Why should I consider a cat fence?

Category : Cat Safety

Why should I consider a cat fence?

Most owners have never heard of a cat fence. We all know cats love to roam; research has shown that many cats will have a regular route that they take each day.  Although these areas may not actually be that large they often involve crossing busy roads. Traditionally owners have left their cats to be free and have not considered containing their cat. One simple solution is install a cat fence or containment system.

How Far do cats wander?

Research has showed that most cats only wander approx. 100m from home so why do we see so many accidents involving cats each year. Pet Plan statics show “230,000 cat deaths on the road”. With the UK’s roads becoming busier each year visiting these territories can be quite akin to playing Russian Roulette! The other side to this sad statistic is that this figure does not include cats that are injured through RTA’s. With RTA’s increasing it is time to look at a cat fence?

What are the effects of RTA’s with cats?

In 2004 Irene Rochlitz from the University of Cambridge conducted a survey “the effects of road traffic accidents on domestic cats and their owners”. The study involved 6 Veterinary practices.  Each practice logged Information regarding the accidents. The study looked into the number of cats that arrived at the practices that were either dead or injured. To make it easy to assess the injuries the study used a points based system.  The score ranged from 1 – 5 with 5 being the most severe.  The same scoring system was used to assess the owner’s emotions.  The average injury score for the cats was 3. When it came to the owners emotional scores most gave a score of 5,6 or 7.

Owners of two thirds of the surviving cats reported that their cat’s behaviour had changed. The changes ranged from either becoming more nervous, going outdoors less or showing fear of cars and roads. Similarly, 50% of the owners reported a change in their behaviour with their cat. Owners kept their cats in more by not letting them out at night and a few kept their cats indoors completely. Research has showed that housing cat indoors can lead to poor health. Owners who have installed a cat fence after an accident report back that they wish they had installed this earlier.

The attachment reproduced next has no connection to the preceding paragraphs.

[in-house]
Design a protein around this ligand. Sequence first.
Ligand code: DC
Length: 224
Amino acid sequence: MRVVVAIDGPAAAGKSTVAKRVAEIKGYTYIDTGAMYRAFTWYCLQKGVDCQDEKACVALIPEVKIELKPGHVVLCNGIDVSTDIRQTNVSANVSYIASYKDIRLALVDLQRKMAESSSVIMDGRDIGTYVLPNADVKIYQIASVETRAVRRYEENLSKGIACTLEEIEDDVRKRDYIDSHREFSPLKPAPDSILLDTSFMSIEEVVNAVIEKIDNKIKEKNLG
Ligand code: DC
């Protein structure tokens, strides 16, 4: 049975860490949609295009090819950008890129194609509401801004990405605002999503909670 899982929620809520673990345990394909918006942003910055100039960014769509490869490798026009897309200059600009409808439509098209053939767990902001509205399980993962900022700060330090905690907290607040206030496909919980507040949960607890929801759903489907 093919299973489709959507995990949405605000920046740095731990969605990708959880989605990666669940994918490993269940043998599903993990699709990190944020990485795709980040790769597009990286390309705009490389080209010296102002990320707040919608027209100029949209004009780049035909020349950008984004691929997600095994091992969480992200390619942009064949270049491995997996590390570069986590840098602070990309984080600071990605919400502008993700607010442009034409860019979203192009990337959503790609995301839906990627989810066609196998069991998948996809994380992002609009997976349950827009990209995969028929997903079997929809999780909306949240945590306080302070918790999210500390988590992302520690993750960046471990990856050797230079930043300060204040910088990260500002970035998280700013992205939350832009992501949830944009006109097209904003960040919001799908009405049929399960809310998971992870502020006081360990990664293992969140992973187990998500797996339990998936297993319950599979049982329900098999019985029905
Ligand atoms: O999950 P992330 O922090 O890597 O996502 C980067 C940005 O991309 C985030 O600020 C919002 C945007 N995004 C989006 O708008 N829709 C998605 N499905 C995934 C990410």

Naturally the involvement in an RTA led to poor welfare for these cats causing severe injuries and even death.  Also the length of recovery times was much longer than previously thought.  Recover times post discharge had not been previously been studied. The average time for a cat to recover was actually 23 days with some taking up to 5 months or longer.  During this time both the owners and cat’s behaviour’s changed. One of the interesting points raised was that cats with an amputated limb did not adapt as well as dogs with the same injury. The reason for this appears to be that cats need to balance and jump.

What solutions are there to keep cats safe?

When considering the above owners might not be aware of a simple and cost effective solution. A lifesaving system that can not only keep their cat safe but also allow them freedom to roam. These cat fence give freedem within the garden without coming into contact with the busy roads. Electronic cat fences evolved from the once bulky dog fence systems. Modern technology has dramatically improved these systems from the original dog fences that were developed over 40 years ago. The new technology and research has resulted in a safe, effective and flexible method of cat containment.

Are cat fences safe?

Research through Lincoln University in 2016 proved that there were no welfare issues with using an electronic cat fences.   Professor Daniel Mills ,Professor of Veterinary Behavioural Medicine in the School of Life Sciences at the University of Lincoln, explained:

“While some will argue that electronic containment systems can never be justified for pets, others highlight that, in the UK alone, hundreds of thousands of cats are killed and injured on roads each year and these devices can prevent these often fatal injuries and the emotional cost to the cats and their owners. In contrast, housing cats solely indoors to remove such risks is associated with increased prevalence of a range of health problems including obesity, Feline Urologic Syndrome and dental disease. Long-term exposure to common flame retardants widely used in homes may also have toxic side effects for cats.”

Electronic cat fences can cover all shapes and sizes of gardens. These fences give cats the ability to display natural behaviour and enjoy the great outdoors. Cat fence offer solutions for owners of all types of terrain from a small town garden right up to a 350-acre country estate.

To learn more call our team on (01628) 476475 or visit our web site: https://www.catfence.co.uk/